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CBN introduces solar energy intervention facility to connect 25 million individuals

Facility is expected to incentive the creation of 250,000 new jobs in the energy sector

BY David Olalele



Solar energy facility by CBN
Solar powered energy for household use

The Central Bank of Nigeria (CBN) has introduced the Solar Connection Intervention Facility to complement the federal government’s effort in providing affordable electricity to rural dwellers.

The CBN explained that it is going to achieve the goal through the provision of long term low-interest credit facilities.

The apex bank made this known on Monday, September 14, in a statement which is sub-divided into two sections including upstream participants and downstream participants.

Read the full statement below:

The pathways to energy access, financial inclusion, and poverty reduction are closely linked and requires a rapid scale of pay-as-you-go (PAYG) off-grid technologies that will create a $2 billion (~N7.5 trillion) annual market opportunity as penetration today is less than 5% of the total market potential.

To support the economic recovery in response to the COVID-19 pandemic, the Federal Government of Nigeria (FGN) has launched an initiative as part of the Economic Sustainability Plan (ESP) to achieve the roll-out of 5 million new solar-based connections in communities that are not grid-connected.

This program is expected to generate an additional N7 billion increase in tax revenues per annum and $10 million in annual import substitution.

The solar connection Scheme is a Federal government initiative whose objectives are to expanding energy access to 25 million individuals (5 million new connections) through the provision of solar home systems (SHS) or connection to a mini-grid; increasing local content in the off-grid solar value chain and facilitating the growth of the local manufacturing industry; and incentivizing the creation of 250,000 new jobs in the energy sector.

Nigeria Electrification Project (NEP) pre-qualified home solar value chain players that include manufacturers and assemblers of solar components and off-grid energy retailers in the country.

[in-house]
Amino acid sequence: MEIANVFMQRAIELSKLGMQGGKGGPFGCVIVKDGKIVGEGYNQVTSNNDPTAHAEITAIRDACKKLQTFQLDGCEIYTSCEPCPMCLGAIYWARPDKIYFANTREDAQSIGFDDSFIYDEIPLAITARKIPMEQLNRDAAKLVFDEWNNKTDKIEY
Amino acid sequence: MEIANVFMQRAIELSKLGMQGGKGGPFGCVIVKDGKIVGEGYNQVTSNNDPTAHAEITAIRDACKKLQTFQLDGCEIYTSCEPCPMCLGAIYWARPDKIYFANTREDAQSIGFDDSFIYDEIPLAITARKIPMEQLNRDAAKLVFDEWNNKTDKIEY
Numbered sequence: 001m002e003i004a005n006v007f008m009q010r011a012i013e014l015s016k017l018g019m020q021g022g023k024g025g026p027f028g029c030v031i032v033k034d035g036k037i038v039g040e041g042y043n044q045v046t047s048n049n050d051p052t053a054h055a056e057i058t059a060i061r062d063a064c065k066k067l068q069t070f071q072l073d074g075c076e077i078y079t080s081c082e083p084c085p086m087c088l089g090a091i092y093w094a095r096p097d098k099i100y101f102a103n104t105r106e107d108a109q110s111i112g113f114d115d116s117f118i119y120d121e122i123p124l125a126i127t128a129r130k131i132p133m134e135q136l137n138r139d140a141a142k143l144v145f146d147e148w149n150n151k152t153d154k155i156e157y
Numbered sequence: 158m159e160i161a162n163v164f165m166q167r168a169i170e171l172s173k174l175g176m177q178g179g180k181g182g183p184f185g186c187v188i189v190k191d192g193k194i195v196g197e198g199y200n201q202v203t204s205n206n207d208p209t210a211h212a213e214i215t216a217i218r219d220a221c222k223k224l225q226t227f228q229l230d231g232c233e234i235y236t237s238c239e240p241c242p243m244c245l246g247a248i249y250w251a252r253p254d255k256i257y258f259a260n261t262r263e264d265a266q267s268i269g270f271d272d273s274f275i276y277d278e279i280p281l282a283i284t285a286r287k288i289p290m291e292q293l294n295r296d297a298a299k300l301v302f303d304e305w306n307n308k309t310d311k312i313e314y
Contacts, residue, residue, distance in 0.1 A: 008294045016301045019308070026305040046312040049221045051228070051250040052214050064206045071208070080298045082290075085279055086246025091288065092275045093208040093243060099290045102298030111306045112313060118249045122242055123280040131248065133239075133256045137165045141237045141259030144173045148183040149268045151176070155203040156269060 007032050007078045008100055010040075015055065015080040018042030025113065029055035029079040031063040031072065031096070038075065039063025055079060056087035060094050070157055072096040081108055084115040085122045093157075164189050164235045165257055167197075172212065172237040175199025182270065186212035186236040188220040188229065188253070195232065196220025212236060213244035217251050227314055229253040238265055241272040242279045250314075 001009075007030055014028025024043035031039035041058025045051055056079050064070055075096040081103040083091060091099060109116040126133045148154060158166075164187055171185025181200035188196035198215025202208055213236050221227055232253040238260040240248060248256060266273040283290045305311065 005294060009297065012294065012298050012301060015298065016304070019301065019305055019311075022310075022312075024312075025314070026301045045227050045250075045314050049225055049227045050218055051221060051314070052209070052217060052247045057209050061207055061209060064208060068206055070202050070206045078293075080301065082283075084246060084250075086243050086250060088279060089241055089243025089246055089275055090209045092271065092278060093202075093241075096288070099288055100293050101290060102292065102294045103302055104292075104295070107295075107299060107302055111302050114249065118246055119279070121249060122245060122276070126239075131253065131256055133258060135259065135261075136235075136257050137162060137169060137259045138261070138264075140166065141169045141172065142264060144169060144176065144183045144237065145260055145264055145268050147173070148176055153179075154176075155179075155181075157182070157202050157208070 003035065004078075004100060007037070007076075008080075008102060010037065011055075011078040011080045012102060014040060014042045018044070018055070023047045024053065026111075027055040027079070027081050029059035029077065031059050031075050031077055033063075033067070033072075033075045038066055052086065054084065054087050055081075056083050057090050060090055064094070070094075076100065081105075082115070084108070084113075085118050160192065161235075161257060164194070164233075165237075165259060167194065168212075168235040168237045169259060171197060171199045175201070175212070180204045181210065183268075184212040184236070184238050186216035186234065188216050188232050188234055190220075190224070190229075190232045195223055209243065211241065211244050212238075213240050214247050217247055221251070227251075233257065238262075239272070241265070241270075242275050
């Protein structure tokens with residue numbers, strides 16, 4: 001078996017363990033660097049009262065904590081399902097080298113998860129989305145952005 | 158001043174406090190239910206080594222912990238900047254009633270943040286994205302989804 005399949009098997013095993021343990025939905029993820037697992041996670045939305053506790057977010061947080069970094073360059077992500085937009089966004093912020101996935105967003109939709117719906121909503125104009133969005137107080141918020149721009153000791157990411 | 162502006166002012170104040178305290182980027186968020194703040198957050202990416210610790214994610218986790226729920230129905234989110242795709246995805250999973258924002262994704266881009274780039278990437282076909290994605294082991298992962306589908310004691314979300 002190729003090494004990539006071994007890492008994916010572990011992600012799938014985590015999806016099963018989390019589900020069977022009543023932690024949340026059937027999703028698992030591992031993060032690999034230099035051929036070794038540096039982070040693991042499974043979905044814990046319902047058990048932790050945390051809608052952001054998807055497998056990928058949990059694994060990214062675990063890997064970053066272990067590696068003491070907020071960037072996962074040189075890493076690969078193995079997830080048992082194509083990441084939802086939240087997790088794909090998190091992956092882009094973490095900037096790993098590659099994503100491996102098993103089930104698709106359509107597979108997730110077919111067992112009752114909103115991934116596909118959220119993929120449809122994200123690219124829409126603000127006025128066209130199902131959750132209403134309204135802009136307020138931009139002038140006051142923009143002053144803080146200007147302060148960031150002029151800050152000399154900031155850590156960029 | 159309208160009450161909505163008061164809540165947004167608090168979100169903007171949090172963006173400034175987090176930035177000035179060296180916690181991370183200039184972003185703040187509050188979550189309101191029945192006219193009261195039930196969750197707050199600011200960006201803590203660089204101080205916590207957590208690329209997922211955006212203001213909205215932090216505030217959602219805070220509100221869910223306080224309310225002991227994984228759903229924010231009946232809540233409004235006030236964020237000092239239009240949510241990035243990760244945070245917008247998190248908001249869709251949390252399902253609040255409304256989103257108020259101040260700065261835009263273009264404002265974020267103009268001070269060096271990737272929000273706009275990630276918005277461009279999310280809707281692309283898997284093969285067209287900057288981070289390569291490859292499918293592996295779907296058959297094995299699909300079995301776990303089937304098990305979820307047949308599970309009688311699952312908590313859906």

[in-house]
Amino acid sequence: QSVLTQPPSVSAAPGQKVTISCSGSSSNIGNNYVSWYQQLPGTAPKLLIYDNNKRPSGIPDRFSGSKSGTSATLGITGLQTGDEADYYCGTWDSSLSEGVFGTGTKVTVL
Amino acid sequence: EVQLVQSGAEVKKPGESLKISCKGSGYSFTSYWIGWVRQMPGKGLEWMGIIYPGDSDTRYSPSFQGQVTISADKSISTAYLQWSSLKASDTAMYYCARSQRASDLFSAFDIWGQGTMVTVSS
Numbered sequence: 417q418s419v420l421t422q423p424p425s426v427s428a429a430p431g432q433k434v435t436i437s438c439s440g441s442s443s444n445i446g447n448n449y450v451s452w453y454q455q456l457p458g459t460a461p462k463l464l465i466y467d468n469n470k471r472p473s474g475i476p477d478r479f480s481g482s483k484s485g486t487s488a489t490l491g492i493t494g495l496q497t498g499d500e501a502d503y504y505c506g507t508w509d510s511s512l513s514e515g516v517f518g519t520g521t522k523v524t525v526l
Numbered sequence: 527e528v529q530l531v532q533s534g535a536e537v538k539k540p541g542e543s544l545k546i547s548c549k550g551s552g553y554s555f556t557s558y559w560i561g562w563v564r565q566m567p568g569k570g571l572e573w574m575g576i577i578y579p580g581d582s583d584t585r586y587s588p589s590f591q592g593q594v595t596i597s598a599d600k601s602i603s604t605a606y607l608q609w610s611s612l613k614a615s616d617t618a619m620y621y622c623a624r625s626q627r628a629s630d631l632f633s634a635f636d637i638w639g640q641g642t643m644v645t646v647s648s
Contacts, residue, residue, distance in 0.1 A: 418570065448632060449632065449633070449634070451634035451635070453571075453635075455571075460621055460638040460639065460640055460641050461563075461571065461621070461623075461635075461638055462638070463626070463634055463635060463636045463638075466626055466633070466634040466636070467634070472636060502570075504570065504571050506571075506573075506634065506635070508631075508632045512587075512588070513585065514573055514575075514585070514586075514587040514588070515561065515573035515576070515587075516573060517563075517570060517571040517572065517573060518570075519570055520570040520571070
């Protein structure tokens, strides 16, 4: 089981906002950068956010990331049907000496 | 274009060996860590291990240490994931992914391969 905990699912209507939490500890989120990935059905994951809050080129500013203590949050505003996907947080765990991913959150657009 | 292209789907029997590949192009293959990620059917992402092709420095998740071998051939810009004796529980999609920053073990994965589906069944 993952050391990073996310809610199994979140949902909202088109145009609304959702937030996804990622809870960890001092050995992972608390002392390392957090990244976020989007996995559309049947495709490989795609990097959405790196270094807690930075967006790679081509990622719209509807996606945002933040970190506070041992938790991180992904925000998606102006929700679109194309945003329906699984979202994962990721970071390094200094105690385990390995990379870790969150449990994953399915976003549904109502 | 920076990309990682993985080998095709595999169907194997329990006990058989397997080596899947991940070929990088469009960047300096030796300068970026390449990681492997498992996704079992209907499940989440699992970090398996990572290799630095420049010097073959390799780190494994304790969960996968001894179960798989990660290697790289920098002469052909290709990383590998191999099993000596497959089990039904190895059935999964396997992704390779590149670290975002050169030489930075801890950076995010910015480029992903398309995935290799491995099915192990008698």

For the upstream participants, the guidelines state that the facility shall not be used to finance the importation of fully assembled solar components and balance of system.

Funding shall not exceed 70 percent of the total cost of the project and the facilities granted shall have a maximum tenor of up to 10 years as determined by the project’s cash flow profile but not exceeding 31st December 2030.

Working capital the facility shall be for one year with provision for roll-over, not more than twice (i.e maximum tenor of 3 years).

The facility shall be administered at an “all-in” interest rate of not more than 9 percent per annum.

However, as part of the Bank’s Covid-19 relief package, the interest rate to be charged up to 28th February 2021 shall not exceed 5 percent per annum.

Interest shall be payable by the loan beneficiaries in accordance with the approved repayment schedule outlined in the Transaction Documents The “all-in” the interest rate of 9% to be shared as follows: a) Participating Financial Institution 6% b) Sponsor (CBN) 3% PFIs are to remit the interest due to the CBN on a quarterly basis not later than 10 days after the end of the quarter.

According to the guidelines, a downstream participant is any company or body corporate involved in: distribution and after-sales support of solar home systems (SHS), mini-grid project development activities including site identification and assessment, design and planning and customer acquisition.

Activities that shall not be financed by this Facility include: Sales or deployment of fully (100%) imported solar home systems components with no proof of existing local content or credible plan for near-term integration of local content, and deployment of mini grid projects with 100% imported components solar PV and Balance of System with no proof of existing local content or credible plan for near-term integration of local content.

The working capital for this category is to be determined as a percentage of the average of 3 year adjusted projected cash flows subject to the maximum limit of N500 million.

The tenor is put at 12 months subject to roll-over, not more than twice (i. e. maximum tenor of 3 years) (depending on nature and cash flow stream), and the interest rate is 10 percent.

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